Ukrainian President Volodymyr Zelensky says he will meet with top US officials in Kiev on Sunday as fierce fighting continues in the eastern and southern parts of the country over Ukraine’s Easter weekend.
The White House has not confirmed the visit, which Zelensky said Saturday will include U.S. Secretary of State Antony Blinken and U.S. Secretary of Defense Lloyd Austin.
Meanwhile, many Ukrainians are trying to celebrate one of their most important holidays of the year, Orthodox Easter, two months after the country was thrown into a devastating war
Here’s what you need to know.
Expected visit: Zelensky said he “expected specific things and specific weapons” from world leaders coming to the country after announcing he would meet Blinken and Austin in Kiev on Sunday.
The White House has declined to comment on the potential trip, which would be the first visit to Ukraine by top US officials since the war broke out.
Steelworks under attack: Ukrainian Presidential Adviser Mykhailo Podolyak said Russian forces were “continuously attacking” the besieged Azovstal steelworks in Mariupol on Easter Sunday.
Russian President Vladimir Putin claimed earlier this week that Russian forces had achieved the “liberation” of Mariupol, but ordered his forces to stop taking the Azovstal work, the last major bastion of Ukrainian defense in the city.
Podolyak said the Russian Federation “should think about the remnants of its reputation” and called on Russia to announce an Easter ceasefire in Mariupol, open an evacuation corridor and agree on a “special round of negotiations” for the exchange of military forces in the city.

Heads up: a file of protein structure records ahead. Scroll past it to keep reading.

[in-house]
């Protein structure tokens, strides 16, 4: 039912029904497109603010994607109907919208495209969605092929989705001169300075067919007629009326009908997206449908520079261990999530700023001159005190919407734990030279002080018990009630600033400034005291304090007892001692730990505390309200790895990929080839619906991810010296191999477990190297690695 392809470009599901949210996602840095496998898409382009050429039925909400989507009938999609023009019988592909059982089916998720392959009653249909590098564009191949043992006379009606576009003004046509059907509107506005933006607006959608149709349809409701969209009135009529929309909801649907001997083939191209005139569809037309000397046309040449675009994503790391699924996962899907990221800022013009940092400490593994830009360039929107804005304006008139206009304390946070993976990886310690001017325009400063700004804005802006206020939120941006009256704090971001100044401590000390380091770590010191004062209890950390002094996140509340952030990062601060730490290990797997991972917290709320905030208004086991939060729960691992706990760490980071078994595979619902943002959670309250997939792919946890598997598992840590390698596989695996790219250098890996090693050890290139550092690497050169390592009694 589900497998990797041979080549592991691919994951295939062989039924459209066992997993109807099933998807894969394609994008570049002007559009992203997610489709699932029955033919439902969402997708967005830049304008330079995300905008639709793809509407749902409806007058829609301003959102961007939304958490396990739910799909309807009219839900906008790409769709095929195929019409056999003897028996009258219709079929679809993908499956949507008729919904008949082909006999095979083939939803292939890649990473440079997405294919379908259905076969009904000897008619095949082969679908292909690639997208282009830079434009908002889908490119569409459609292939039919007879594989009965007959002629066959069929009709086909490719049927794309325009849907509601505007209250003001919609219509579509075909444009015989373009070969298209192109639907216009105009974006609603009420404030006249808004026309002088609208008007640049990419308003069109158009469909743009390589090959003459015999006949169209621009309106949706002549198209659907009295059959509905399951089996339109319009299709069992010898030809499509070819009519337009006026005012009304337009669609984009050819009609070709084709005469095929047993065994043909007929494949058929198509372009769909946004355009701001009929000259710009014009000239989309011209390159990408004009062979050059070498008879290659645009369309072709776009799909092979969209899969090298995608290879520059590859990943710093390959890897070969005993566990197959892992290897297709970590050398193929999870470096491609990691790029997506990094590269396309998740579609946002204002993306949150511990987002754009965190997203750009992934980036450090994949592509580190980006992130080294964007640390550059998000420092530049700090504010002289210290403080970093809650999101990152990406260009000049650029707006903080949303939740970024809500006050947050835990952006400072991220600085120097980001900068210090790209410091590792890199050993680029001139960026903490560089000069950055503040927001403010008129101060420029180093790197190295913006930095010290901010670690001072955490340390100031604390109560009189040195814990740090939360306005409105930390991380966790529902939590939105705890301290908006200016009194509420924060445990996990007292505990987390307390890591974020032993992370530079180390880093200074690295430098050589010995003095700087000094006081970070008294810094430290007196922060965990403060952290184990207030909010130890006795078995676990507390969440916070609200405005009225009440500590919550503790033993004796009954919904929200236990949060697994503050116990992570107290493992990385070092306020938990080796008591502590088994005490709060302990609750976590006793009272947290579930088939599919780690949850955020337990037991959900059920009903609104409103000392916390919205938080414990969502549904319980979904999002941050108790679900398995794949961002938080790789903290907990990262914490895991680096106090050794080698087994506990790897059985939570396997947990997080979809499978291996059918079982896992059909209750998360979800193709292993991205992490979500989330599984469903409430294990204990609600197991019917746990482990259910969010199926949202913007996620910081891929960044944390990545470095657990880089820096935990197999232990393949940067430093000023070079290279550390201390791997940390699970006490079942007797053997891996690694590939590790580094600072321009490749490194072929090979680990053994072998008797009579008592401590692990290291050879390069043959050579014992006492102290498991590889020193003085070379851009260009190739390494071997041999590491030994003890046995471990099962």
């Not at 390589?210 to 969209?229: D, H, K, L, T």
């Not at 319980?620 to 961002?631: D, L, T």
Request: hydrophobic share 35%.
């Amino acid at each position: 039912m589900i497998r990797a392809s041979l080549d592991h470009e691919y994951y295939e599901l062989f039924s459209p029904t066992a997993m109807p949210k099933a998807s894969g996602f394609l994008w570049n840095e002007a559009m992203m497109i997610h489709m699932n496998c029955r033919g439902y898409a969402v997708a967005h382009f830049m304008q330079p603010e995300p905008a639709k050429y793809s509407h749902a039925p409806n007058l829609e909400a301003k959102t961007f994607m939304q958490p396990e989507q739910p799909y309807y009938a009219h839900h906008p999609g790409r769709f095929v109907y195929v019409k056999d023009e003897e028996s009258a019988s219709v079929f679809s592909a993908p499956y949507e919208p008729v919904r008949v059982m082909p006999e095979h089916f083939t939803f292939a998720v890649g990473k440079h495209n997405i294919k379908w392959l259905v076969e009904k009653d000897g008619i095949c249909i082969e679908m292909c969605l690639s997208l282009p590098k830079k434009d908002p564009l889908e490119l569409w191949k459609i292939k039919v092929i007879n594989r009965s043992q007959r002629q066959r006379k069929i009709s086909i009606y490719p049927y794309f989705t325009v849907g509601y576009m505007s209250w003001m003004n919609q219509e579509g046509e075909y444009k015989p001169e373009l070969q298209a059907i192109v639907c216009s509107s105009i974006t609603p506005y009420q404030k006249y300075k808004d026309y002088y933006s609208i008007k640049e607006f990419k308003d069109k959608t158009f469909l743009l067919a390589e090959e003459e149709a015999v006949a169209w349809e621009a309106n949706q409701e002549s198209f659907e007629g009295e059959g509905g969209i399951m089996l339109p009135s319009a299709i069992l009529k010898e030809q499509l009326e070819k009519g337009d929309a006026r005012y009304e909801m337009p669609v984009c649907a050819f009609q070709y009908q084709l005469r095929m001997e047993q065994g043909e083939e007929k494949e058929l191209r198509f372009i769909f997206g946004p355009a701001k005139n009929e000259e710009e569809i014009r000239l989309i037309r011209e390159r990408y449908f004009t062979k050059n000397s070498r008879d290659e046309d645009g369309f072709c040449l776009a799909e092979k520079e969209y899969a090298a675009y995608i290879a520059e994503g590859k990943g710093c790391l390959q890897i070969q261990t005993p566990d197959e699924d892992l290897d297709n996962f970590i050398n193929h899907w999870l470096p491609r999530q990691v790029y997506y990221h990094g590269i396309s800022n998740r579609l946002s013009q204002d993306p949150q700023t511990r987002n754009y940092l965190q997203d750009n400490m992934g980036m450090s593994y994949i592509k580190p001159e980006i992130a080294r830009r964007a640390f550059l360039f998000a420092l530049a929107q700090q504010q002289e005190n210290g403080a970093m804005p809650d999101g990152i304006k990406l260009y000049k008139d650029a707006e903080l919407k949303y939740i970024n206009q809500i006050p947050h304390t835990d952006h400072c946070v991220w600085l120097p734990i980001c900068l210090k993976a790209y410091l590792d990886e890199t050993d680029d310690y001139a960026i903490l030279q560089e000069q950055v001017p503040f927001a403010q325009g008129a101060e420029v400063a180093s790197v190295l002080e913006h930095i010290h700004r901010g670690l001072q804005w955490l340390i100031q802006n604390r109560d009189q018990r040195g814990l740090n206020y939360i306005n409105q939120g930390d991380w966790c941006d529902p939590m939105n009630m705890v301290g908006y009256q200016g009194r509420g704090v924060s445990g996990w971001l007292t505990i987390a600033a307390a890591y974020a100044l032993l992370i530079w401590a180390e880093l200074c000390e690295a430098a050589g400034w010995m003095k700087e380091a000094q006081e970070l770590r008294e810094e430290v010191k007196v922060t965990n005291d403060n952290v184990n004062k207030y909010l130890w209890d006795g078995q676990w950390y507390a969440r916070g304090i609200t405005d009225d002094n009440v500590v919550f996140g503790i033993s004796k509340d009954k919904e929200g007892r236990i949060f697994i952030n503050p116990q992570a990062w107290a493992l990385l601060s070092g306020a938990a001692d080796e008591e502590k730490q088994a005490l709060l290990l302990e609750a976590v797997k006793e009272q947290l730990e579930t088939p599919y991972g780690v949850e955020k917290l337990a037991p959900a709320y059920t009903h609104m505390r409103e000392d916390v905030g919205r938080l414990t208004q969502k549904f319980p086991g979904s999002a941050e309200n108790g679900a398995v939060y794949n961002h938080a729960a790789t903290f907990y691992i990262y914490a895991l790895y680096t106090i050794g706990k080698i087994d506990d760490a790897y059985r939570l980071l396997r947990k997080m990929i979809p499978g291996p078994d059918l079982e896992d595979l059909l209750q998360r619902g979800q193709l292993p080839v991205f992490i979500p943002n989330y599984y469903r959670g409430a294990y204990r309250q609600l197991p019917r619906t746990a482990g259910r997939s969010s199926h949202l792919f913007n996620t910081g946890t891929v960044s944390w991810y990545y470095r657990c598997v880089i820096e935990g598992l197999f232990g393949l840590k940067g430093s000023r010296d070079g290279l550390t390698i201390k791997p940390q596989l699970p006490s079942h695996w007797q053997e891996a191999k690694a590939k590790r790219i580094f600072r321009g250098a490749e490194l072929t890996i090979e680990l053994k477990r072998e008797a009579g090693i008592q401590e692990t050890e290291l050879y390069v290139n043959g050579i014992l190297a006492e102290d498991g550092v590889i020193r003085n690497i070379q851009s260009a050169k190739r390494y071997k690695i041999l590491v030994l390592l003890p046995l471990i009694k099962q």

Ukraine has successfully “repelled” several Russian attacks in the Donbas: Ukraine has “repelled several Russian attacks along the line of contact in the Donbas this week,” the British Ministry of Defense said in its latest intelligence update on Sunday.
“Despite the fact that Russia has achieved some territorial gains, Ukrainian resistance has been strong across all axes and inflicted significant costs on Russian forces,” the assessment continuedwithout clarifying whether the resistance was led by Ukrainian armed forces or civilian groups.
Moscow plan: Russia revealed that the goal of its invasion is to take “full control” of southern Ukraine as well as the eastern Donbas region and to establish a land corridor connecting Russia with Crimea, the peninsula it annexed in 2014.
Humanitarian crisis: An evacuation corridor from the besieged southern city of Mariupol was “thwarted” by Russian forces on Saturday, according to a Ukrainian official. Ukrainian officials have said more than 100,000 people are left in the bombed-out city that the Russian government claims to control. Ukrainian fighters continue to persevere in the city’s massive Azovstal steelworks, where civilians have been sheltered for weeks and supplies are running out.
Compulsory deportations: Ukrainian officials claimed on Saturday that Russia forcibly deported some Mariupol citizens to Primorsky Krai in Russia’s Far East region, about 8,000 kilometers (4,970 miles) from Ukraine. In early April, Ukraine’s Deputy Prime Minister Iryna Vereschuk estimated that some 45,000 Ukrainian citizens had been forcibly deported to Russia since the war began.
Civil conscription: The Ukrainian intelligence service has also accused Russia of planning to summon Ukrainian civilians from the occupied regions of Kherson and Zaporizhzhia, according to a Saturday update from the British military intelligence service. This would be contrary to international law, the British Ministry of Defense said.